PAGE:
A power of attorney is an agreement that gives you the authority to act on someone else's behalf. You're not court-appointed or ordered to act by a judge -- it's authority the other person voluntarily elects to give you -- so resigning the position usually is usually about as easy as it gets. You can't be forced to participate against his will.
The Power of Attorney
A power of attorney is a written, voluntary agreement between the principal -- the person giving the powers -- and his agent, also called an attorney-in-fact in some states although he doesn’t have to be a lawyer. The agent is entrusted with handling certain dealings for the principal, which are typically spelled out in the power of attorney document. The responsibilities can be extensive and not everyone is cut out for the job or willing to accept it. If you’re uncomfortable with being an agent, you can decline the appointment in the first place or resign from the position after you accept it.
Inform the Principal
Resigning your position as agent is as simple as informing the principal that you don’t want to serve anymore. The power of attorney document might set out a specific procedure that you should follow, but if not, you can usually just give the principal written notice. If he’s incapacitated and incapable of understanding, most states allow you to deliver the notice to his guardian instead. If no guardian has been appointed, you may be able to give your resignation to the person who is physically caring for him, but check with a local attorney to make sure. If the principal is a ward of the state, you can usually give notice to the court. Often, a principal will name two attorneys-in-fact, either to perform the duties together or to allow one to step in and serve if the other can’t or doesn’t want to. In this case, give notice of your resignation to the other attorney-in-fact.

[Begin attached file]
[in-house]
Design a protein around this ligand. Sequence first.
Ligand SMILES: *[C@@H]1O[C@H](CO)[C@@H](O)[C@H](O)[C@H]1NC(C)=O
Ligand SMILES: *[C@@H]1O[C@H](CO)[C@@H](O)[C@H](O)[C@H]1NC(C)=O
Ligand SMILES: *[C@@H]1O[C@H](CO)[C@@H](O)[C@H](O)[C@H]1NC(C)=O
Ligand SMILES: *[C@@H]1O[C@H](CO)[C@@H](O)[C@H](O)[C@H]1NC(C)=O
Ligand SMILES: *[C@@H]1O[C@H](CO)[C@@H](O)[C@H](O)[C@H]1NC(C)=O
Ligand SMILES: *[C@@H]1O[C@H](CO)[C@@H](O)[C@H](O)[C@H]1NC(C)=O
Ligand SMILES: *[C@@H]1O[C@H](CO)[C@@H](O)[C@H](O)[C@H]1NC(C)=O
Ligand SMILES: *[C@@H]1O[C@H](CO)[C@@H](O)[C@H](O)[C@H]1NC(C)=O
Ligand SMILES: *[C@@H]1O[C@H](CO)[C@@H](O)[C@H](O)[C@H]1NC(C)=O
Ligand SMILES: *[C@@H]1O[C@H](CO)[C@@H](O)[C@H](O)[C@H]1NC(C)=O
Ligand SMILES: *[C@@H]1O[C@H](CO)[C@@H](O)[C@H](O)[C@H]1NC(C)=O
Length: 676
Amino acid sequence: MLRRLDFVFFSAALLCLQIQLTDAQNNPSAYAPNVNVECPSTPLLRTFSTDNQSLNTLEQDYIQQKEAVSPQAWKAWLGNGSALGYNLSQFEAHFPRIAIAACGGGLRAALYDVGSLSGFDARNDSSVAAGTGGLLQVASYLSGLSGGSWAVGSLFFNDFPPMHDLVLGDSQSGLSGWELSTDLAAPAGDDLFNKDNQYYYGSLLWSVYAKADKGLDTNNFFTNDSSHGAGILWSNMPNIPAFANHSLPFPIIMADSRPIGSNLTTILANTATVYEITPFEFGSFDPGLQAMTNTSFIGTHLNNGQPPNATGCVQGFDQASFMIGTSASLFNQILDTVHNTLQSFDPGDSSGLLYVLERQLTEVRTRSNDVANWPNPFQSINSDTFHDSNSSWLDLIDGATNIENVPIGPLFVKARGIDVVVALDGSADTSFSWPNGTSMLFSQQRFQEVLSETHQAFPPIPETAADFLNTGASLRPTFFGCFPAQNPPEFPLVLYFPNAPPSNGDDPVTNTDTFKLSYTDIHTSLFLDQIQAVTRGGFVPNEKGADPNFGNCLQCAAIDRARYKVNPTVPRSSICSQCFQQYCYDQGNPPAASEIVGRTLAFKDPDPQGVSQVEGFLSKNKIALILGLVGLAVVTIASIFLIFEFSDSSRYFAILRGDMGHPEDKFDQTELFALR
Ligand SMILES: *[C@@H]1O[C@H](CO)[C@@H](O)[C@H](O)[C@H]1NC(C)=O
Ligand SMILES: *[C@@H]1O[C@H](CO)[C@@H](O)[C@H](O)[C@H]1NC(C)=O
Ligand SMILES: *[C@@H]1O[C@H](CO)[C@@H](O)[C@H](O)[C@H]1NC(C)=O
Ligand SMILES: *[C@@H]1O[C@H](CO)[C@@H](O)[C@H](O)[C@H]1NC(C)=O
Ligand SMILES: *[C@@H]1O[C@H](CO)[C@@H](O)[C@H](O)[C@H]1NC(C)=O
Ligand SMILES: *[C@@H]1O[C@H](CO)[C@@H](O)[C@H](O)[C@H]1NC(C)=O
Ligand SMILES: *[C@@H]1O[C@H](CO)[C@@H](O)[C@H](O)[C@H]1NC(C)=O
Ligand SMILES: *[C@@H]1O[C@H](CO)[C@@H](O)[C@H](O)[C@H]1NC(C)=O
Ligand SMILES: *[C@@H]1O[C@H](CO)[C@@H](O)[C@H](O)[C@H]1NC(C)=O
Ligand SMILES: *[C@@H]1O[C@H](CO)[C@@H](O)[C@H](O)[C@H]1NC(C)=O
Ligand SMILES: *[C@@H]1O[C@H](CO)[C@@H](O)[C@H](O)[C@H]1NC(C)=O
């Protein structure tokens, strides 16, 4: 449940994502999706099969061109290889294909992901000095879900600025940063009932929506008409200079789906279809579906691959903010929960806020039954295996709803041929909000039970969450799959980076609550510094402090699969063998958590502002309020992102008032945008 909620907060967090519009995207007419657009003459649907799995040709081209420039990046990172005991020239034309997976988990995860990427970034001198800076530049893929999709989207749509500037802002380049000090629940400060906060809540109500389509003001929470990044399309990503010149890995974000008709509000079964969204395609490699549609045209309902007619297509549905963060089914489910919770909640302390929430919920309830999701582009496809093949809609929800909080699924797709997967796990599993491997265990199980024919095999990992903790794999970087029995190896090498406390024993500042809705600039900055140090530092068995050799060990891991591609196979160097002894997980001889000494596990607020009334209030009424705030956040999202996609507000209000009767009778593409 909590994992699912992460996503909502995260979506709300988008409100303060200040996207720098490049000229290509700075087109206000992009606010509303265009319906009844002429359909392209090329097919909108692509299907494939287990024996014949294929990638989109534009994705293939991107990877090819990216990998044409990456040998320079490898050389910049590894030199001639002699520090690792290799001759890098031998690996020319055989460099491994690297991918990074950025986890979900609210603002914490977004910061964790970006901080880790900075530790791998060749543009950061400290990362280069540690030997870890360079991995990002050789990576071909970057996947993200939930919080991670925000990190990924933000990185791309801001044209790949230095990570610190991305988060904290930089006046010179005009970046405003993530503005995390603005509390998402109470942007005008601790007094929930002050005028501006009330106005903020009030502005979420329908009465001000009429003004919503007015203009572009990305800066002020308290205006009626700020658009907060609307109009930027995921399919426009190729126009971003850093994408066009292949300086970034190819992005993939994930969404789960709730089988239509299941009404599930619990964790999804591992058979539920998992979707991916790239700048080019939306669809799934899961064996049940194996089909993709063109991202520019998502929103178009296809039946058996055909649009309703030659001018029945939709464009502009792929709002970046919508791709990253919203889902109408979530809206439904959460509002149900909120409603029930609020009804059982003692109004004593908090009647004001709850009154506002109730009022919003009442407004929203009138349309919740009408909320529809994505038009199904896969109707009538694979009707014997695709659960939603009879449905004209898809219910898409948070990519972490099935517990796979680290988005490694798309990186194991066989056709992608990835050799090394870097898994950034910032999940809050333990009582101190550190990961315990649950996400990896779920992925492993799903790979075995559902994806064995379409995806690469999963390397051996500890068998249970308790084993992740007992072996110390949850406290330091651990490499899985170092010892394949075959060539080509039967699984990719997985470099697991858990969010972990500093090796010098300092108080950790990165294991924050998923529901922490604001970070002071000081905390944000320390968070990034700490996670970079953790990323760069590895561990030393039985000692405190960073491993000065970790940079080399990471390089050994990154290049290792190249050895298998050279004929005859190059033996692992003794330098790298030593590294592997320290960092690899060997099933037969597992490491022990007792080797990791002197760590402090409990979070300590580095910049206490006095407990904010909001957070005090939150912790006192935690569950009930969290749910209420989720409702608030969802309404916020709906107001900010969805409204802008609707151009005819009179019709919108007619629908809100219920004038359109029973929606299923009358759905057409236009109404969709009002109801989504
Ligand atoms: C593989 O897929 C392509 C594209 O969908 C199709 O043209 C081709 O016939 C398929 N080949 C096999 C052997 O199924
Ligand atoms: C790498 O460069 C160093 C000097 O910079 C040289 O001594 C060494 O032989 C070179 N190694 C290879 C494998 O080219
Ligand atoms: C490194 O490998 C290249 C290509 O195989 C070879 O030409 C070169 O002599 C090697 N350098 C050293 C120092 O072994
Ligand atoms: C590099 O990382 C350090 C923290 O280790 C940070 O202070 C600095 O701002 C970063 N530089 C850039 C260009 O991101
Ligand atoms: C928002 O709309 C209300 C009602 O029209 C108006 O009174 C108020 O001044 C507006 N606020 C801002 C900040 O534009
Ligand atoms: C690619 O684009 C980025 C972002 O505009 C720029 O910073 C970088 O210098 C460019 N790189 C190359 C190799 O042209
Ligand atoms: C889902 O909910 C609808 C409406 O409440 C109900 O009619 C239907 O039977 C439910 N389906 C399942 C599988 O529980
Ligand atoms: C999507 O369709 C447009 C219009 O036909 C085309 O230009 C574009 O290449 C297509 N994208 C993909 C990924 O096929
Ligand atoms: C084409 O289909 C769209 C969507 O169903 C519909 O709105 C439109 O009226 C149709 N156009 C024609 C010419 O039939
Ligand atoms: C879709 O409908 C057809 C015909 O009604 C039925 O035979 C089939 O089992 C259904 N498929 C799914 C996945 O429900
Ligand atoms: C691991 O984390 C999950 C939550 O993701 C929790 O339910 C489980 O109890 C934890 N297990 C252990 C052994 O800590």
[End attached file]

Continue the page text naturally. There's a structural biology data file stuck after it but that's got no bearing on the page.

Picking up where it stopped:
If none of these individuals is available, you may have to petition the court to have a guardian or conservator appointed to care for the principal’s personal business. This relieves you from the obligation of acting as agent, but someone must be in place to take over your responsibilities -- you can’t simply abandon the ship.
File Your Resignation
In most cases, serving the principal with written notice of your resignation is sufficient. But if the power of attorney has been filed with the government for some reason, you should also deliver a copy to the county public records or land records office -- wherever the original power of attorney was placed on record. This is sometimes the case if the power of attorney authorized you to handle real estate transactions for the principal.
You might want to do this anyway to create a public record that you’re stepping aside and are no longer responsible for handling the principal’s personal affairs.
Other Reasons for Termination
In some cases, your power of attorney may end automatically and you won’t have to take any particular action to resign. The principal’s death automatically revokes a power of attorney, and the executor or personal representative of the estate takes over your duties by law. If you and the principal were married, most states revoke powers of attorney in the event of divorce. Also, you can be removed by the principal by written notice, or someone interested in his welfare can petition the court to have you removed if he feels you’re acting negligently or are incapable of adequately performing your duties.